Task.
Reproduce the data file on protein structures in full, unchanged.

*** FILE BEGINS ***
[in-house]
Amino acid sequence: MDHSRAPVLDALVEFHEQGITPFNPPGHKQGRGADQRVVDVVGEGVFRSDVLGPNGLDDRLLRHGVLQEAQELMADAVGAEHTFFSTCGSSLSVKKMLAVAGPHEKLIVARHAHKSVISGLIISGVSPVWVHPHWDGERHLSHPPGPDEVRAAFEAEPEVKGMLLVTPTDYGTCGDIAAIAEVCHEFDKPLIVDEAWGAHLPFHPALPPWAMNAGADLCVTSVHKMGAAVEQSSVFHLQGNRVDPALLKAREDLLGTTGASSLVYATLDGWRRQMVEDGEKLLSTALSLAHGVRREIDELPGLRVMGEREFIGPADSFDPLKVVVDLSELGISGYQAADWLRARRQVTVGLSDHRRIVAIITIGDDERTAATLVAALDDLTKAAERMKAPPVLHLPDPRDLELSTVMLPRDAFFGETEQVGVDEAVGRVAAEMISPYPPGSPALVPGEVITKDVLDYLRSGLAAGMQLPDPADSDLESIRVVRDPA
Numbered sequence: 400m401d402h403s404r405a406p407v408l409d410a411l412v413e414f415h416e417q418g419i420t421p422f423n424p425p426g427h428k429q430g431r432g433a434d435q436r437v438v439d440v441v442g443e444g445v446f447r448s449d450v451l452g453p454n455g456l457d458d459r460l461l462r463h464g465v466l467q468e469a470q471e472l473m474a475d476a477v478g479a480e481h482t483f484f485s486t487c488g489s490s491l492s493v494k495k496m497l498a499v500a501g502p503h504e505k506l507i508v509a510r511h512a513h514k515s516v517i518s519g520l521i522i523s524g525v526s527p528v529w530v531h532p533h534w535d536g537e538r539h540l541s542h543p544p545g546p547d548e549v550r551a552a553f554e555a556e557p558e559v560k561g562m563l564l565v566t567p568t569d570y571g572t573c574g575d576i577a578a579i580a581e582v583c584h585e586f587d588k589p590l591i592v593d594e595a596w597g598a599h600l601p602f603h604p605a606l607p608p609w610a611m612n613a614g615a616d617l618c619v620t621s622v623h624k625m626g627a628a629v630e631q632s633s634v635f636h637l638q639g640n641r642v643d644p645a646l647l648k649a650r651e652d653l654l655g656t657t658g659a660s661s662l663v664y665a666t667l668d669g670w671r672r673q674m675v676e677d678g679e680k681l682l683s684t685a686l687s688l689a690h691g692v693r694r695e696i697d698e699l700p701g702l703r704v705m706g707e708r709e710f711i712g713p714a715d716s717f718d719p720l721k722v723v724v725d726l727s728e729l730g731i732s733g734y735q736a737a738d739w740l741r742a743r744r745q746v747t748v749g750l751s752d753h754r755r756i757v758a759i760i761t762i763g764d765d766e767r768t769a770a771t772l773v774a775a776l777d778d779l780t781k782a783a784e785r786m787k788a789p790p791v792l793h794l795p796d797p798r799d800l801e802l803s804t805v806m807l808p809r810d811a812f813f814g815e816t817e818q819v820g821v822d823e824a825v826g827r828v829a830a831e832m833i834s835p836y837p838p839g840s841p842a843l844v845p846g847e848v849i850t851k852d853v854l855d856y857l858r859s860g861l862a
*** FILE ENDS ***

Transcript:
[in-house]
Amino acid sequence: MDHSRAPVLDALVEFHEQGITPFNPPGHKQGRGADQRVVDVVGEGVFRSDVLGPNGLDDRLLRHGVLQEAQELMADAVGAEHTFFSTCGSSLSVKKMLAVAGPHEKLIVARHAHKSVISGLIISGVSPVWVHPHWDGERHLSHPPGPDEVRAAFEAEPEVKGMLLVTPTDYGTCGDIAAIAEVCHEFDKPLIVDEAWGAHLPFHPALPPWAMNAGADLCVTSVHKMGAAVEQSSVFHLQGNRVDPALLKAREDLLGTTGASSLVYATLDGWRRQMVEDGEKLLSTALSLAHGVRREIDELPGLRVMGEREFIGPADSFDPLKVVVDLSELGISGYQAADWLRARRQVTVGLSDHRRIVAIITIGDDERTAATLVAALDDLTKAAERMKAPPVLHLPDPRDLELSTVMLPRDAFFGETEQVGVDEAVGRVAAEMISPYPPGSPALVPGEVITKDVLDYLRSGLAAGMQLPDPADSDLESIRVVRDPA
Numbered sequence: 400m401d402h403s404r405a406p407v408l409d410a411l412v413e414f415h416e417q418g419i420t421p422f423n424p425p426g427h428k429q430g431r432g433a434d435q436r437v438v439d440v441v442g443e444g445v446f447r448s449d450v451l452g453p454n455g456l457d458d459r460l461l462r463h464g465v466l467q468e469a470q471e472l473m474a475d476a477v478g479a480e481h482t483f484f485s486t487c488g489s490s491l492s493v494k495k496m497l498a499v500a501g502p503h504e505k506l507i508v509a510r511h512a513h514k515s516v517i518s519g520l521i522i523s524g525v526s527p528v529w530v531h532p533h534w535d536g537e538r539h540l541s542h543p544p545g546p547d548e549v550r551a552a553f554e555a556e557p558e559v560k561g562m563l564l565v566t567p568t569d570y571g572t573c574g575d576i577a578a579i580a581e582v583c584h585e586f587d588k589p590l591i592v593d594e595a596w597g598a599h600l601p602f603h604p605a606l607p608p609w610a611m612n613a614g615a616d617l618c619v620t621s622v623h624k625m626g627a628a629v630e631q632s633s634v635f636h637l638q639g640n641r642v643d644p645a646l647l648k649a650r651e652d653l654l655g656t657t658g659a660s661s662l663v664y665a666t667l668d669g670w671r672r673q674m675v676e677d678g679e680k681l682l683s684t685a686l687s688l689a690h691g692v693r694r695e696i697d698e699l700p701g702l703r704v705m706g707e708r709e710f711i712g713p714a715d716s717f718d719p720l721k722v723v724v725d726l727s728e729l730g731i732s733g734y735q736a737a738d739w740l741r742a743r744r745q746v747t748v749g750l751s752d753h754r755r756i757v758a759i760i761t762i763g764d765d766e767r768t769a770a771t772l773v774a775a776l777d778d779l780t781k782a783a784e785r786m787k788a789p790p791v792l793h794l795p796d797p798r799d800l801e802l803s804t805v806m807l808p809r810d811a812f813f814g815e816t817e818q819v820g821v822d823e824a825v826g827r828v829a830a831e832m833i834s835p836y837p838p839g840s841p842a843l844v845p846g847e848v849i850t851k852d853v854l855d856y857l858r859s860g861l862a